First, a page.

Microsoft is giving away source code in a bid to become the technology leader in Internet banking.
Just months after the leak of Microsoft's Halloween Document, which stated its opposition to open source software - the software giant has released the standard source code for its Microsoft Internet Financial Server Toolkit (MIFST).
The MIFST server allows banks to build applications that communicate with PC banking packages such as Microsoft Money and Intuit's Quicken, and online payment service Checkfree.
MIFST supports Microsoft's Open Financial Exchange (OFX) data format - a specification for the exchange of financial information.
In the Internet banking space, Microsoft competes with Integrion, a consortium of IBM and US banks, which has a rival specification called the Gold Standard.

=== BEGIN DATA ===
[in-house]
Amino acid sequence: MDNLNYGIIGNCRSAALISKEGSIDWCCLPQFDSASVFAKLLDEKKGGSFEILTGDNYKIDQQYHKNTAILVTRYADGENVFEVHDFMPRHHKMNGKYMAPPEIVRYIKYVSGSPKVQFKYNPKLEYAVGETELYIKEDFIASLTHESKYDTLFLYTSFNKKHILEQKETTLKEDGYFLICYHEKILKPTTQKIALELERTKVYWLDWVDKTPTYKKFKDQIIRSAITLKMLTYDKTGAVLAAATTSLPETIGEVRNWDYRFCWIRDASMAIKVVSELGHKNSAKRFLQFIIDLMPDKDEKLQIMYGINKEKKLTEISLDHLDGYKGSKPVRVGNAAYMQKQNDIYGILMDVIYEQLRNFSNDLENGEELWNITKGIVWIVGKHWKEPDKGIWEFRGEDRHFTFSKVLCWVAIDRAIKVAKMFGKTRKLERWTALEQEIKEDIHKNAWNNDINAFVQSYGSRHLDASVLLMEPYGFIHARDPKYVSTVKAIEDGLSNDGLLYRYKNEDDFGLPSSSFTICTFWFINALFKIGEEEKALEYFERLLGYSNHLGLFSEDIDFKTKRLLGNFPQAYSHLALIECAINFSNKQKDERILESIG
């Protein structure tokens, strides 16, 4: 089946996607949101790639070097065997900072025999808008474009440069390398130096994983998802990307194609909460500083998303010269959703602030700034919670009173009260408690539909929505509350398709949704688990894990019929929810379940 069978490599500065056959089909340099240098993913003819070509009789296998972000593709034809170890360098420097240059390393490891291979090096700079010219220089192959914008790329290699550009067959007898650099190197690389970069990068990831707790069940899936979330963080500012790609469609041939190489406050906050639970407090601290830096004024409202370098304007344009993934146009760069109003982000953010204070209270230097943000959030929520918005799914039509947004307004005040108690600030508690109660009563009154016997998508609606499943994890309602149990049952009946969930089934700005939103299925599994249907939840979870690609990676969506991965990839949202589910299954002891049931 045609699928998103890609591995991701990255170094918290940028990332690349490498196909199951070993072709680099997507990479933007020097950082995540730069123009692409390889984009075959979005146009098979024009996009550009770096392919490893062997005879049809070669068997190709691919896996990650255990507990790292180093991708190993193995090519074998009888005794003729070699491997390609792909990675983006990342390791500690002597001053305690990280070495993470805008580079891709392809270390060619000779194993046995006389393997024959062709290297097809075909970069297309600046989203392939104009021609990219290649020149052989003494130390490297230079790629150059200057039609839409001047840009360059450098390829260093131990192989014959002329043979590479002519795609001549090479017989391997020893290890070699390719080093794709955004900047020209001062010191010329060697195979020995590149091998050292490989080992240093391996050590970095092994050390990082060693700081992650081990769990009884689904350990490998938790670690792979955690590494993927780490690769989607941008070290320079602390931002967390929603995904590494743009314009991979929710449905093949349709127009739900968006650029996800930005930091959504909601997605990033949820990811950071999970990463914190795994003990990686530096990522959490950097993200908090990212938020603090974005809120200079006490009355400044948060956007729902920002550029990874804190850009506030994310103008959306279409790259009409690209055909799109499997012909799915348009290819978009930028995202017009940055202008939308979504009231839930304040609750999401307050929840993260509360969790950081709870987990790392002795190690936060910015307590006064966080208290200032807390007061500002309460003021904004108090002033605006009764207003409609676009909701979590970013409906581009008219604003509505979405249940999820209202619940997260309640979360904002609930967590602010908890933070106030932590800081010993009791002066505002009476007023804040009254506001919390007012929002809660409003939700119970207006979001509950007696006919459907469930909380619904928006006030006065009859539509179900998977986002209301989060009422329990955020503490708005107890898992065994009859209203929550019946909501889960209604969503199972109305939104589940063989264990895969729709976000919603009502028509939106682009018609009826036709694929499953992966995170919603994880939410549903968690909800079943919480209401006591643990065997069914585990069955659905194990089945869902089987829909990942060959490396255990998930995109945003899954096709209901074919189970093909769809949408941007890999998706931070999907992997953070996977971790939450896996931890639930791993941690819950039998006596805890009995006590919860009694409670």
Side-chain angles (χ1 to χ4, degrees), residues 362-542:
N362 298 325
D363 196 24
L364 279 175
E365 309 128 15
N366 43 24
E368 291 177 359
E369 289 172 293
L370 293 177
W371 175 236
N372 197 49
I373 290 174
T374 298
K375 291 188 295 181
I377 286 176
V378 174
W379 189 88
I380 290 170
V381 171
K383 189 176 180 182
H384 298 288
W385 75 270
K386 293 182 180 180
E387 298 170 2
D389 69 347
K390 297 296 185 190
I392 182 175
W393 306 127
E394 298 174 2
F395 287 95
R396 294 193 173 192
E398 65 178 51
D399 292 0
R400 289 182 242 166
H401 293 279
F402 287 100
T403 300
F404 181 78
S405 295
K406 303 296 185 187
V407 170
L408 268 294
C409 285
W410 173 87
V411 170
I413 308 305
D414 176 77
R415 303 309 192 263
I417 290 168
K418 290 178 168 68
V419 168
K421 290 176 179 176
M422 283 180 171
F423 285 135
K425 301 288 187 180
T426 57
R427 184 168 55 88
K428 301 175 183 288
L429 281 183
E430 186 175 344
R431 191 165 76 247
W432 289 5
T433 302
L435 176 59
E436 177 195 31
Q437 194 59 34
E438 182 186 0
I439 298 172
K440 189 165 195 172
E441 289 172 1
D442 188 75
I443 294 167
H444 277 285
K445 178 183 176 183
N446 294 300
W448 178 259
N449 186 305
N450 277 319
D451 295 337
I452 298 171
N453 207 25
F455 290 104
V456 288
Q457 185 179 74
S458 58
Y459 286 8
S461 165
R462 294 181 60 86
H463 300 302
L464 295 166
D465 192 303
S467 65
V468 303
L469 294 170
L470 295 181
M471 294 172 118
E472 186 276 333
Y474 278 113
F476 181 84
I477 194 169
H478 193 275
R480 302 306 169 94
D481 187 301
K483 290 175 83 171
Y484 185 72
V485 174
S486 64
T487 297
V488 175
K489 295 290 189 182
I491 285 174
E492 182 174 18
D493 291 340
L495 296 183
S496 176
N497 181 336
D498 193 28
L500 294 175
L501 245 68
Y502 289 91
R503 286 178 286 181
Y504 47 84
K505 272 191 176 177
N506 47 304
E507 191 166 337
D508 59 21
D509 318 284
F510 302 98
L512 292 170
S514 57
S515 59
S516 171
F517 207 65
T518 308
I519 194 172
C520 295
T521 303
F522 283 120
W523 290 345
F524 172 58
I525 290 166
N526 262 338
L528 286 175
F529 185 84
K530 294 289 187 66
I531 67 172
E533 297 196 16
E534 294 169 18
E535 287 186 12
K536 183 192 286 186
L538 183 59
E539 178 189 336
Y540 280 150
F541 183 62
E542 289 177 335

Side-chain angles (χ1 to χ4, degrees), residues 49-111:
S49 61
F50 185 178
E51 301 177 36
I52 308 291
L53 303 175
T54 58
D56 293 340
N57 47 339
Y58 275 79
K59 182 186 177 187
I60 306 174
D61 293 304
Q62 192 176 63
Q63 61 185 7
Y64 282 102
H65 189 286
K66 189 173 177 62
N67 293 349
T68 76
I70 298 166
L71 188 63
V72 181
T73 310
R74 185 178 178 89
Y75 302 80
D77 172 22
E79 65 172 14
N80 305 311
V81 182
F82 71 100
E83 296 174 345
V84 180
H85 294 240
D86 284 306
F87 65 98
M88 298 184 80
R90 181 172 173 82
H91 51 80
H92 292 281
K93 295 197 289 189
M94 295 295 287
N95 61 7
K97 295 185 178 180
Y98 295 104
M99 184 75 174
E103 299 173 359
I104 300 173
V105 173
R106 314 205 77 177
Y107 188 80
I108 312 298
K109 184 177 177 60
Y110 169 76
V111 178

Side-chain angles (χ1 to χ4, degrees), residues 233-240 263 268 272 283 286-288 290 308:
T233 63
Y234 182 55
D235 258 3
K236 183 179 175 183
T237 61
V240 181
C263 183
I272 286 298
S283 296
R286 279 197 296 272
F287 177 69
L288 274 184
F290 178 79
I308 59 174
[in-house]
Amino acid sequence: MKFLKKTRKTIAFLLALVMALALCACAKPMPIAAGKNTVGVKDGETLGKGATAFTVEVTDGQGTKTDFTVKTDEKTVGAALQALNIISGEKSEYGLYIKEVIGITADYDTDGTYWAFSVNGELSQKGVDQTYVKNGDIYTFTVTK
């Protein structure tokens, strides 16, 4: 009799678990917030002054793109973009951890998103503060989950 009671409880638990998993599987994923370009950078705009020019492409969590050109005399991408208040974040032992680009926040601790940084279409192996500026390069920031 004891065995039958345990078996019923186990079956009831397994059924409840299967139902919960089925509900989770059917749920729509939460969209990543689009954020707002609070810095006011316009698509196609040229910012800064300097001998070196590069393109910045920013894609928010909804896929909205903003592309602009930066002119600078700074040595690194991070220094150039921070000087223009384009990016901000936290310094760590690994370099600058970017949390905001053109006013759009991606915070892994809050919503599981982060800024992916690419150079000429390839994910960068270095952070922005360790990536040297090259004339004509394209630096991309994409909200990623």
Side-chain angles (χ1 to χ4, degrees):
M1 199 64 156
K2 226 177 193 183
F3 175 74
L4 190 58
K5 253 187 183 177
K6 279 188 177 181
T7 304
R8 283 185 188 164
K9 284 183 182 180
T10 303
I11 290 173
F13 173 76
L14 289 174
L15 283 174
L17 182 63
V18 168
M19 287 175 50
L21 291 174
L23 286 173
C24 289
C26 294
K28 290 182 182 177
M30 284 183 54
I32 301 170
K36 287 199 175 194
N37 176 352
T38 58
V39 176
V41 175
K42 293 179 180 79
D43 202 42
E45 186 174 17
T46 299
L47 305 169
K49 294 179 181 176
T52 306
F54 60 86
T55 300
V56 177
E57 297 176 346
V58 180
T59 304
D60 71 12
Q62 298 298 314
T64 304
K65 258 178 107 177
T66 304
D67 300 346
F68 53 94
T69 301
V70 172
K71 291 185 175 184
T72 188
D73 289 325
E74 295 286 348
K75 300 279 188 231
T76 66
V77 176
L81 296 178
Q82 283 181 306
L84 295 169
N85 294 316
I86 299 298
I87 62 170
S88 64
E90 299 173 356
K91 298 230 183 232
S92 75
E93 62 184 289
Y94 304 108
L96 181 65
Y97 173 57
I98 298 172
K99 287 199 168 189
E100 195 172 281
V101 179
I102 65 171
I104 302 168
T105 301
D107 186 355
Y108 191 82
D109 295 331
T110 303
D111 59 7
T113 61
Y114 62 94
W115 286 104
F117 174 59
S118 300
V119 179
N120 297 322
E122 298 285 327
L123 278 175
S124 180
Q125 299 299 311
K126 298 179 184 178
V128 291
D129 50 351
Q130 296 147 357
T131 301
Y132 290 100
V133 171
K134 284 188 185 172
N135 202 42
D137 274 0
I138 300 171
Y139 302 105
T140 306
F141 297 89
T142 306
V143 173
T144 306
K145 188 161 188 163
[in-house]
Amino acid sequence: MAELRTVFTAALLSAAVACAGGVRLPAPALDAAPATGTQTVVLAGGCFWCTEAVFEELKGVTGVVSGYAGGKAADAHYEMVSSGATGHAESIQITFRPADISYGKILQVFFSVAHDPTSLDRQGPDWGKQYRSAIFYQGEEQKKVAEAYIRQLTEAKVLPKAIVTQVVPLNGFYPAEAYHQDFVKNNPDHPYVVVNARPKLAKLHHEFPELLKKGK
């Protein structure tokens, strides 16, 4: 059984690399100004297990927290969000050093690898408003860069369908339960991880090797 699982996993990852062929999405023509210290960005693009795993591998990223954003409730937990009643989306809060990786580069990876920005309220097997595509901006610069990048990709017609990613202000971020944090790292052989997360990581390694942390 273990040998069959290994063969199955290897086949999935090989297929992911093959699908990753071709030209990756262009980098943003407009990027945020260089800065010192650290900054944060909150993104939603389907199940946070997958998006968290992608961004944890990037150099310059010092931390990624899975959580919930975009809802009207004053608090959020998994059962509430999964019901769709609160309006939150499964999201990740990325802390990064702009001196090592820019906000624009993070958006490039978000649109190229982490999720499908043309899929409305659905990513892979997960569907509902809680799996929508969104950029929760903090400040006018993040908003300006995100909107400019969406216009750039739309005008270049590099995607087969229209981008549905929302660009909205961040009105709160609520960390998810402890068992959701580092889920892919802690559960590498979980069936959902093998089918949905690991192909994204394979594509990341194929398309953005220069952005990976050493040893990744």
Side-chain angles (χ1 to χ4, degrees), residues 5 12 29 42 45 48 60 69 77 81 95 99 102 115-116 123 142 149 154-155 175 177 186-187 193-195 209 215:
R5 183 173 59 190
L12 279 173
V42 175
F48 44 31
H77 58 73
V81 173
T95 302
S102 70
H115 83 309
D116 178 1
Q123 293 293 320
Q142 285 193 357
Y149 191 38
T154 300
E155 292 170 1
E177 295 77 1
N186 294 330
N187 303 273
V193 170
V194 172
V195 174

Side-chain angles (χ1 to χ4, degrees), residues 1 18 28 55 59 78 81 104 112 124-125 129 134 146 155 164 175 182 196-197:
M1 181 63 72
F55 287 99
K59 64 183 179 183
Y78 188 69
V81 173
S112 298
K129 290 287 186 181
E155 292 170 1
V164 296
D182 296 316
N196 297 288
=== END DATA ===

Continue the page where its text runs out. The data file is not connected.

Version 2.0 of MIFST supports a merged OFX/Gold standard. The MIFST code will be licensed for free to any software company that commits to support OFX and online banking.
Dave Ellington, systems architect at the Woolwich Bank, which uses the server, said: "By releasing the code, Microsoft is trying to make OFX the de facto standard."
The move was made at the end of last year but has been kept under wraps until now. Richard Horsfield, product manager for financial services at Microsoft, said: "We didn't want to announce it until partners and customers had access to the source code."
He added: "We don't want to develop specialised products for vertical industries."
Current versions of MISFT will continue to be supported, Horsfield said, but, "thereafter the developer would take over support of the product."
Rob Hailstone, research director of Bloor Research, said the move may not be a purely competitive one.
"It could be that Microsoft is cutting development costs, or that customers are demanding extra pieces all the time and it can't keep up."
For further stories see 4 March issue of Computing
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